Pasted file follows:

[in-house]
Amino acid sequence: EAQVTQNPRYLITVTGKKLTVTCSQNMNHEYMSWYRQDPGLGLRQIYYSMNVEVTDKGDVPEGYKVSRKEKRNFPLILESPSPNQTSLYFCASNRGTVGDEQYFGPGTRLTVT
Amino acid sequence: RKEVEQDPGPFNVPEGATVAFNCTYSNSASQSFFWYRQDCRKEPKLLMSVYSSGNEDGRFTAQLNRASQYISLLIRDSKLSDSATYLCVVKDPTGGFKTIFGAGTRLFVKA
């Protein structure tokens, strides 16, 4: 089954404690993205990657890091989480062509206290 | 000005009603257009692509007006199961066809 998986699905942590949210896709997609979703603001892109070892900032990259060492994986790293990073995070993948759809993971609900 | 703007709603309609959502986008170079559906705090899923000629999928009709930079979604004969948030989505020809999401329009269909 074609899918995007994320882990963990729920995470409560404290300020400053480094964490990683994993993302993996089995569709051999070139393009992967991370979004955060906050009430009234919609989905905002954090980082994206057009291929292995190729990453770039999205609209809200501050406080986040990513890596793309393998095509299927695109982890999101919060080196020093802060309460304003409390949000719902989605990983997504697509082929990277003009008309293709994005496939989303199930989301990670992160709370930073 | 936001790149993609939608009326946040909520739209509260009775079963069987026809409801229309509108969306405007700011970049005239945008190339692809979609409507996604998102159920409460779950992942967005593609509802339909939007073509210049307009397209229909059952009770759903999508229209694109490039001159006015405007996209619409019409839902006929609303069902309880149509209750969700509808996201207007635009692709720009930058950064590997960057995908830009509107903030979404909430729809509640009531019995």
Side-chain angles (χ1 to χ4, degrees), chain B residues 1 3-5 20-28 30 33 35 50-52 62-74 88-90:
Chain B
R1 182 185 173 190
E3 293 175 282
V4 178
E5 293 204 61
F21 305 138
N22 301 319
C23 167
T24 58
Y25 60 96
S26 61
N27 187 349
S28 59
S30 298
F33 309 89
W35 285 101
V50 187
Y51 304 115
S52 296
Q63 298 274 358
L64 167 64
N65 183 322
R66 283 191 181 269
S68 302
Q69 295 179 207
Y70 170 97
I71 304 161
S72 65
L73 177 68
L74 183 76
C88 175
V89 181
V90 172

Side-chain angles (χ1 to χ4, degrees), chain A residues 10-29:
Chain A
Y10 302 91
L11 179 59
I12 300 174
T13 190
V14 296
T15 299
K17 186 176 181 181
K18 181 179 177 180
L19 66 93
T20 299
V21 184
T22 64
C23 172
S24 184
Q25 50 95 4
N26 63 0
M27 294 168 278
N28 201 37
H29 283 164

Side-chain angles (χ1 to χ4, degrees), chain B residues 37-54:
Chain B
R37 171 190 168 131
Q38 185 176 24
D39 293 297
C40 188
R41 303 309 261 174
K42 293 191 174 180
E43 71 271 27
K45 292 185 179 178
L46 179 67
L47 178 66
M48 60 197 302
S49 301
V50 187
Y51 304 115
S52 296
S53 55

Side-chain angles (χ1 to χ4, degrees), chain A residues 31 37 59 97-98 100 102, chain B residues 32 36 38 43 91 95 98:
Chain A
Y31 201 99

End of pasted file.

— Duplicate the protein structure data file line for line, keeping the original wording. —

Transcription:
[in-house]
Amino acid sequence: EAQVTQNPRYLITVTGKKLTVTCSQNMNHEYMSWYRQDPGLGLRQIYYSMNVEVTDKGDVPEGYKVSRKEKRNFPLILESPSPNQTSLYFCASNRGTVGDEQYFGPGTRLTVT
Amino acid sequence: RKEVEQDPGPFNVPEGATVAFNCTYSNSASQSFFWYRQDCRKEPKLLMSVYSSGNEDGRFTAQLNRASQYISLLIRDSKLSDSATYLCVVKDPTGGFKTIFGAGTRLFVKA
């Protein structure tokens, strides 16, 4: 089954404690993205990657890091989480062509206290 | 000005009603257009692509007006199961066809 998986699905942590949210896709997609979703603001892109070892900032990259060492994986790293990073995070993948759809993971609900 | 703007709603309609959502986008170079559906705090899923000629999928009709930079979604004969948030989505020809999401329009269909 074609899918995007994320882990963990729920995470409560404290300020400053480094964490990683994993993302993996089995569709051999070139393009992967991370979004955060906050009430009234919609989905905002954090980082994206057009291929292995190729990453770039999205609209809200501050406080986040990513890596793309393998095509299927695109982890999101919060080196020093802060309460304003409390949000719902989605990983997504697509082929990277003009008309293709994005496939989303199930989301990670992160709370930073 | 936001790149993609939608009326946040909520739209509260009775079963069987026809409801229309509108969306405007700011970049005239945008190339692809979609409507996604998102159920409460779950992942967005593609509802339909939007073509210049307009397209229909059952009770759903999508229209694109490039001159006015405007996209619409019409839902006929609303069902309880149509209750969700509808996201207007635009692709720009930058950064590997960057995908830009509107903030979404909430729809509640009531019995």
Side-chain angles (χ1 to χ4, degrees), chain B residues 1 3-5 20-28 30 33 35 50-52 62-74 88-90:
Chain B
R1 182 185 173 190
E3 293 175 282
V4 178
E5 293 204 61
F21 305 138
N22 301 319
C23 167
T24 58
Y25 60 96
S26 61
N27 187 349
S28 59
S30 298
F33 309 89
W35 285 101
V50 187
Y51 304 115
S52 296
Q63 298 274 358
L64 167 64
N65 183 322
R66 283 191 181 269
S68 302
Q69 295 179 207
Y70 170 97
I71 304 161
S72 65
L73 177 68
L74 183 76
C88 175
V89 181
V90 172

Side-chain angles (χ1 to χ4, degrees), chain A residues 10-29:
Chain A
Y10 302 91
L11 179 59
I12 300 174
T13 190
V14 296
T15 299
K17 186 176 181 181
K18 181 179 177 180
L19 66 93
T20 299
V21 184
T22 64
C23 172
S24 184
Q25 50 95 4
N26 63 0
M27 294 168 278
N28 201 37
H29 283 164

Side-chain angles (χ1 to χ4, degrees), chain B residues 37-54:
Chain B
R37 171 190 168 131
Q38 185 176 24
D39 293 297
C40 188
R41 303 309 261 174
K42 293 191 174 180
E43 71 271 27
K45 292 185 179 178
L46 179 67
L47 178 66
M48 60 197 302
S49 301
V50 187
Y51 304 115
S52 296
S53 55

Side-chain angles (χ1 to χ4, degrees), chain A residues 31 37 59 97-98 100 102, chain B residues 32 36 38 43 91 95 98:
Chain A
Y31 201 99